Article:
Juniper Networks Network Connect, SecurID and 64 bit linux

My automated command line solution to connecting to a juniper networks vpn that takes a password *and* a securID token on 64 bit Linux.

We recently changed our network setup so that I would be required to log into the vpn while at work.  So, I took a look to see what it would take to get my Arch Linux box on the vpn.

The officially supported Linux platforms as of June 2011 are OpenSuse 11 and Ubuntu 9.10.  Both need to be 32 bit only and Firefox 3.6 and Sun JRE 6 are required.  Whew, that doc was updated in June, but the Ubuntu they support is from 2009?  And only 32 bit? Oh my!

Poking around a little bit I discovered two very informative pages.  Mad Scientist’s and a blog from 2009 on makefile.  From everything else I read Mad Scientist’s page is the go-to solution for getting Juniper’s Network Connect to work on linux, even on 64 bit.  Unfortunately for me he (quite reasonably) uses the NC.jar or ncsvc executable.  The thing is, both of those only take in a user and a single password.  My work uses an Active Directory user/pass with a securID token.  All the examples of juniper vpn setups that use a securID token that I could find used a pin+token in a single field.  That’s simply not how our system is set up so that script won’t work for me at all.

Fortunately after a little more digging I found the makefile blog post.  It was close, oh so close to what I wanted.  I could connect without a 32 bit browser or a 32 bit java.  The real sticking point for me was the idea that to log in I needed to log in to the vpn website, run javascript to get the cookie and then run an executable.  Someone had posted in the comments section a sh/curl script that would log you in and get the cookie and return it which was again *almost* what I wanted, but not quite there.  I looked at adapting it (the paths and password fields were different) to fit my environment, but in the end the real deal breaker for me was that I refused to type my Active Directory password in cleartext as a parameter to the script (not to mention have it get put in my history).  Call me old fashioned, but I just wanted to run a script answer a prompt or two and have it just work.  So, that’s what I made.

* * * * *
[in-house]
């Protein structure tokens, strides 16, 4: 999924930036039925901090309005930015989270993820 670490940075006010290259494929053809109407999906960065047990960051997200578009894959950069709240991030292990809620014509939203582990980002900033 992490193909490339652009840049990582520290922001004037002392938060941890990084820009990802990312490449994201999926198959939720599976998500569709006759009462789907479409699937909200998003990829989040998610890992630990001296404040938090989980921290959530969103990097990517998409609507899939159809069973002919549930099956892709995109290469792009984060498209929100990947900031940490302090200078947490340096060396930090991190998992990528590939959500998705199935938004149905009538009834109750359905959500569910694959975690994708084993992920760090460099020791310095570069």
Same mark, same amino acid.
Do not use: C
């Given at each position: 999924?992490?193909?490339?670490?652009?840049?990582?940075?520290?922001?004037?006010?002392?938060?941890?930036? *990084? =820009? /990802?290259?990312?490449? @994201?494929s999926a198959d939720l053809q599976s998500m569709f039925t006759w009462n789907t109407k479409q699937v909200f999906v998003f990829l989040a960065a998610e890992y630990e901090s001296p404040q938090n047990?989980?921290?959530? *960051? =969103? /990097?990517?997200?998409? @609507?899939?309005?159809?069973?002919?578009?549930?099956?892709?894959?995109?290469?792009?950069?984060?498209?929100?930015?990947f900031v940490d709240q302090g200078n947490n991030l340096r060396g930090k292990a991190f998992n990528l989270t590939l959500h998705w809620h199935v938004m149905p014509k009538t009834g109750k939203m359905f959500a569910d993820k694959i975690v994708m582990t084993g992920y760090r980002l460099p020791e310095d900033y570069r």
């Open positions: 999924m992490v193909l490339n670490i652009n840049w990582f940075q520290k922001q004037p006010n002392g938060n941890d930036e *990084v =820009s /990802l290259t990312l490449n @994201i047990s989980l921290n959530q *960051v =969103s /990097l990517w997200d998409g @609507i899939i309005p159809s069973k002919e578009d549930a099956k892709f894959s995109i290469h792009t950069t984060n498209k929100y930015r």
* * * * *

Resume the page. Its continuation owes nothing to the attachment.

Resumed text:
I hunkered down and wrote a python script that will log you in to the site, manage any existing open sessions, retrieve the cookie and run the ncui executable (as per the makefile blog’s instructions).  I designed it to be flexible so that hopefully it will work for all setups of juniper vpns not just what we have here.  There is a bit of set up to get to the point where it will run, but once that is done all it takes is running the command entering your user, password and any other password fields (all customizable) and sit back.

The requirements are:

32bit zlib
xterm (yes really)
python headers (python-devel)
sudo access
java plugin
The script and elementtidy ( located here )

Once you have everything listed above it’s time to get the juniper network connect files.  If you’ve logged in to your vpn site on the computer before look in ~/.juniper_networks/network_connect and confirm that you have and ncsvc.  If you have those two files you can skip to the “Getting the Juniper files” section.